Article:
No peak at the summit
THE recent summit of racing aficionados, as was expected, was nothing more than a talking shop, with the headlines dominated by Minister Horace Dalley's "Caymanas Park will not be sold cheaply" comment. There was nothing concrete, certainly from the media coverage, of any assessment much less solutions being reached to aid what is an industry in obvious decline.
Since the heydays of the 1980s, the 1990s and the early 2000s, horse racing has steadily lost its appeal and its inherent allure. The industry plods on from raceday to raceday without any apparent effort from major stakeholders to confront the major issues and to make bold decisions to combat the palpable decline. Sponsorship of racing is at an all-time low, as corporate Jamaica invariably finds other avenues to spend their promotional dollars. Imagine, major races including the much vaunted Classics being run without sponsorship presence. This is a very hard and bitter pill to swallow.
The racing plant can now accurately be given the label of irredeemable. No amount of cash, no elevator from the ground floor to 'Glass House', no amount of flowers planted in the infield, or other cosmetic repairs can really and truly resuscitate Caymanas Park. Only a complete overhaul will suffice at this stage.
Let's be honest, Caymanas Park (that is, the plant) is now and has been for a long time a reflection of the various social maladies afflicting life in Jamaica. The track is surrounded by a number of challenged communities which makes it a security a nightmare. The general appearance of the plant, in the view of this writer, is beyond repair. The pride is gone. Stables are an eyesore, roads need rehabilitation and the general cleanliness usually associated with any well-run and operated racetrack is simply not there. Owners think thrice before they take family members to visit the racetrack to view their horses on a Sunday.
The promoters of racing simply do not have the money to make the changes necessary and Mr Dalley should recognise this incontrovertible fact. Investors are not exactly brimming with enthusiasm to cough up millions to promote horse-racing and to renovate the plant. The only investors really interested in buying Caymanas Park are housing developers who only see approximately 200 acres of land where they can build low-income houses.
We all know the ills besetting racing. But what is/are the solution(s)? Is there a panacea? Given the present unsightly spectacle of Caymanas Park, the only logical solution is to build a new racetrack. Start anew with private ownership and promotion, the same track size, new stable area administered by strict rules, for example, no hanging of cloth, etc on stable fences, and stands more befitting a clientele, which have never abandoned the industry.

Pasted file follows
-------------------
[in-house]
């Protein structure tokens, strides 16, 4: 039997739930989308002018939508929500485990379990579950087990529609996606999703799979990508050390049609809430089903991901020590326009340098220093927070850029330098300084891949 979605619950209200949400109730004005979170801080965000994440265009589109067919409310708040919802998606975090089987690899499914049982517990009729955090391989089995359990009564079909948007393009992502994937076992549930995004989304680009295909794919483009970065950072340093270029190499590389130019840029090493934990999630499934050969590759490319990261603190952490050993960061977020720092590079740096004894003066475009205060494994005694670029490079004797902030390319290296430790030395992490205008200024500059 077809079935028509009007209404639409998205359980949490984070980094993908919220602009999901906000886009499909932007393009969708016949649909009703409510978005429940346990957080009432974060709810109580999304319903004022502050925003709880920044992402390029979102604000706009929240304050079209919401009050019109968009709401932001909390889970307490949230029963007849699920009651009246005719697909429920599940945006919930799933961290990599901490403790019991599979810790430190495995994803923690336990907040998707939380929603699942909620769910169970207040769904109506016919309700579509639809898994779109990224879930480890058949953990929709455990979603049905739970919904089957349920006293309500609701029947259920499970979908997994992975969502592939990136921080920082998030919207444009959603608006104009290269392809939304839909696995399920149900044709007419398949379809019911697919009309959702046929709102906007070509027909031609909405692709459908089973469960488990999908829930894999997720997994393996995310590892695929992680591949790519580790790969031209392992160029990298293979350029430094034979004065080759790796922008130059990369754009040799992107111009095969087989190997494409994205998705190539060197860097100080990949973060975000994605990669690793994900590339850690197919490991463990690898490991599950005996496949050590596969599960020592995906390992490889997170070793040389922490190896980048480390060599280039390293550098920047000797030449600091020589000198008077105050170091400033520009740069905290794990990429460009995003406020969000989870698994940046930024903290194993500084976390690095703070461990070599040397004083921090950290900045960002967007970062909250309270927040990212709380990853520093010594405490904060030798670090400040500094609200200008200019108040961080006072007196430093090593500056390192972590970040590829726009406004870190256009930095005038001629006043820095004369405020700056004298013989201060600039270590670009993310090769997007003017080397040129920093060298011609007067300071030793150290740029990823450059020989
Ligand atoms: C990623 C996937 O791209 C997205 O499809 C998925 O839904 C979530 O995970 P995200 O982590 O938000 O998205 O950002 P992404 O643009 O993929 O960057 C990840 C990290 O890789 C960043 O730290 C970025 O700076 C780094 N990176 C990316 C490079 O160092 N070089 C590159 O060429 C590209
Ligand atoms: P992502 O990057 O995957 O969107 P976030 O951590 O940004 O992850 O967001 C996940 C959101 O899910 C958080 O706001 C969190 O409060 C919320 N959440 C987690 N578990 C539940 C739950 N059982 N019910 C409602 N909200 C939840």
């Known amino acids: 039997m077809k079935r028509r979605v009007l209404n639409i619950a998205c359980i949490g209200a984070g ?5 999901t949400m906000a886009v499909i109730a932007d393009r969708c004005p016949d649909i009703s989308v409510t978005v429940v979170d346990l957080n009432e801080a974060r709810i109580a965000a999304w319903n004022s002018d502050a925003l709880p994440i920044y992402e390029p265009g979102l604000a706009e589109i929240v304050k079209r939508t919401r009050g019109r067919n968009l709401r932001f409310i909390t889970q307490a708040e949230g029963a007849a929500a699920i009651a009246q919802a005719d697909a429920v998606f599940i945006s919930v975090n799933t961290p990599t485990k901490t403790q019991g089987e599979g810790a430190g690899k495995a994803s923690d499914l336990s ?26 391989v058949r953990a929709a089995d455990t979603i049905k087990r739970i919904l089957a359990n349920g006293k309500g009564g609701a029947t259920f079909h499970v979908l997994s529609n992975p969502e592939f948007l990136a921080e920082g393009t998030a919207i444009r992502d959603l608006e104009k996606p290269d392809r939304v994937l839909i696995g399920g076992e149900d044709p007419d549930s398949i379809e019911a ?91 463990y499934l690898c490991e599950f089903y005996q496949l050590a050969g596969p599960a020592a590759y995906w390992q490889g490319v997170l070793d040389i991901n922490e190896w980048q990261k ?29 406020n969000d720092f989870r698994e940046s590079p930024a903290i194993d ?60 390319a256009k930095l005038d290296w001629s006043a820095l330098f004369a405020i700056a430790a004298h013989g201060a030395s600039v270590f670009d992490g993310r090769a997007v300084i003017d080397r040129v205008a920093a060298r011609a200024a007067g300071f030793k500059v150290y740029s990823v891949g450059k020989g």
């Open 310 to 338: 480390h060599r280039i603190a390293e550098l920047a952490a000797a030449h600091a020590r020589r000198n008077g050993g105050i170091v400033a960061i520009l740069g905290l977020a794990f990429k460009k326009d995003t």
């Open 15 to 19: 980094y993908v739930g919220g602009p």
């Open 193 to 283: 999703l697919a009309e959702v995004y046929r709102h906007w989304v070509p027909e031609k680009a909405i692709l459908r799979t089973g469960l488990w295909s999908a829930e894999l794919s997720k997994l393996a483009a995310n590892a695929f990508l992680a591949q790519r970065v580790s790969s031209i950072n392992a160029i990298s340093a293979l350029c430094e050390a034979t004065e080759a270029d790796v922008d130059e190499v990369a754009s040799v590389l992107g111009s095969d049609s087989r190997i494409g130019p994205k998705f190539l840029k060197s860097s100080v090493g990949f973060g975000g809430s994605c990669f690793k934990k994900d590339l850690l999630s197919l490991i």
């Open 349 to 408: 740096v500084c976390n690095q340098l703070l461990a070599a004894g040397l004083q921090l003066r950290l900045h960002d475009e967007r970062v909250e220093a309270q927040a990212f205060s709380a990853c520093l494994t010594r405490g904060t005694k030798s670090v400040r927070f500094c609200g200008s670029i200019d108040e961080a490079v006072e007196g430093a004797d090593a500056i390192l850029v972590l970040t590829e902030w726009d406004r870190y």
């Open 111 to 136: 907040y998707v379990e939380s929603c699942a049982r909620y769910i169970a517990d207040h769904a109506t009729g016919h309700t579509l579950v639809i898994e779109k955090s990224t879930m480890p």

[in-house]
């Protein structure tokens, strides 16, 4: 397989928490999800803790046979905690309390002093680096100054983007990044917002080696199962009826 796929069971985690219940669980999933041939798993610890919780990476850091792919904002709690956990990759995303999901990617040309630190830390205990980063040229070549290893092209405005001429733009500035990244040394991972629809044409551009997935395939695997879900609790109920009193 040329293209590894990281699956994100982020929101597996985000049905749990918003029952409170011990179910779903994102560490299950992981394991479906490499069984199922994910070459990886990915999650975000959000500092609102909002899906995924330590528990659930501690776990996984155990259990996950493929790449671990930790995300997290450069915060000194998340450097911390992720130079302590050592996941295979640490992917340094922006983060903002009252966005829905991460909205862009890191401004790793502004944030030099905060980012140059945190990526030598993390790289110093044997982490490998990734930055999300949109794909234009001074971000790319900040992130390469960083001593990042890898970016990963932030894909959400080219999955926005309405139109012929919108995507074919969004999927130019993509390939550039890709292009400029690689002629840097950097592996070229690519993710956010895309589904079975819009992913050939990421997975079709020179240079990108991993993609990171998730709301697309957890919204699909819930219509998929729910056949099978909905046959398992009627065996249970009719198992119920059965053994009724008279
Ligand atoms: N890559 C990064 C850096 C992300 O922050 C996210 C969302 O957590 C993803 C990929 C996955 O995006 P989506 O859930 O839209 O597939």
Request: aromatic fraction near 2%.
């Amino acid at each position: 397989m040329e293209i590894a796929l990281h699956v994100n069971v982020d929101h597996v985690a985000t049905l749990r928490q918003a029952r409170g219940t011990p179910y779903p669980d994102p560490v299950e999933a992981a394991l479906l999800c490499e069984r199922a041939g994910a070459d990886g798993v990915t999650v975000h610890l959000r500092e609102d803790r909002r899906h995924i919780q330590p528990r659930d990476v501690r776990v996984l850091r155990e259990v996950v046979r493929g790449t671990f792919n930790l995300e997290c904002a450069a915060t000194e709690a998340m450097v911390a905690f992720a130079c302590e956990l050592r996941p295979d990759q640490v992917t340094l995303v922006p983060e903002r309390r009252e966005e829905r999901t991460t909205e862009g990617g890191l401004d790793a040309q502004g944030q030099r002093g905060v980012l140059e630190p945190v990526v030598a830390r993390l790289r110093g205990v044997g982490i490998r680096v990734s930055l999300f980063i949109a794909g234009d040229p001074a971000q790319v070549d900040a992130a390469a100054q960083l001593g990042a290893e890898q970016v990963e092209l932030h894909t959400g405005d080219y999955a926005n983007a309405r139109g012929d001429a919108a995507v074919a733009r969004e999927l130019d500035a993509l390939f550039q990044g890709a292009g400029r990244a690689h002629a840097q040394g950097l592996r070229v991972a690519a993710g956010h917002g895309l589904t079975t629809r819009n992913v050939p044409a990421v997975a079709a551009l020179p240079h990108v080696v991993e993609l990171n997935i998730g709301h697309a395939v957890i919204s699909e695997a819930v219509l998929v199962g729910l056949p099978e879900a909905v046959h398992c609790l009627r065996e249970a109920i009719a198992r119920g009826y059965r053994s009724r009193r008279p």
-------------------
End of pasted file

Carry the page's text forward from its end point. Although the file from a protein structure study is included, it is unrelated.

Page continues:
Government as the owner of the racing plant should seriously seek and consider bids, local and foreign, for the building of a new racetrack. Give incentives, including tax allowances to the successful bidder in order to once and for all, elevate racing to its true status of a leading employer of labour in the country. Package the deal properly, detailing the requirements, incentives and invite the bidders. If this process is successful, the government could then convert the present Caymanas Park into a multi-purpose stadium for the people of Portmore or sell the land to the housing developers... the former is preferred. If this is not possible, in the long run, racing will face an almost certain doom.
Naturally the question is where to build the new racetrack? This writer prefers the new racetrack to be as close as possible to Kingston and Portmore to benefit from a larger population spread and the love for racing in these areas which has been generated and developed over the last 50 years. So then where? Just a thought, what about where the racetrack was originally to be built, on the Caymanas Estate somewhere between the present Polo Club and the Ferry Police Station. This area, according to reports from the past, was not chosen as it was deemed to be a space of too much rainfall. Given the new technologies that currently exist and a good sand track as at present location, rain should not be a problem anymore.
This is but a suggestion. Wherever the place that is eventually chosen, the hard cold fact is that the present plant has to be replaced and quickly too if racing is to retain its profitability, rebrand itself, gain further sponsorship and glory.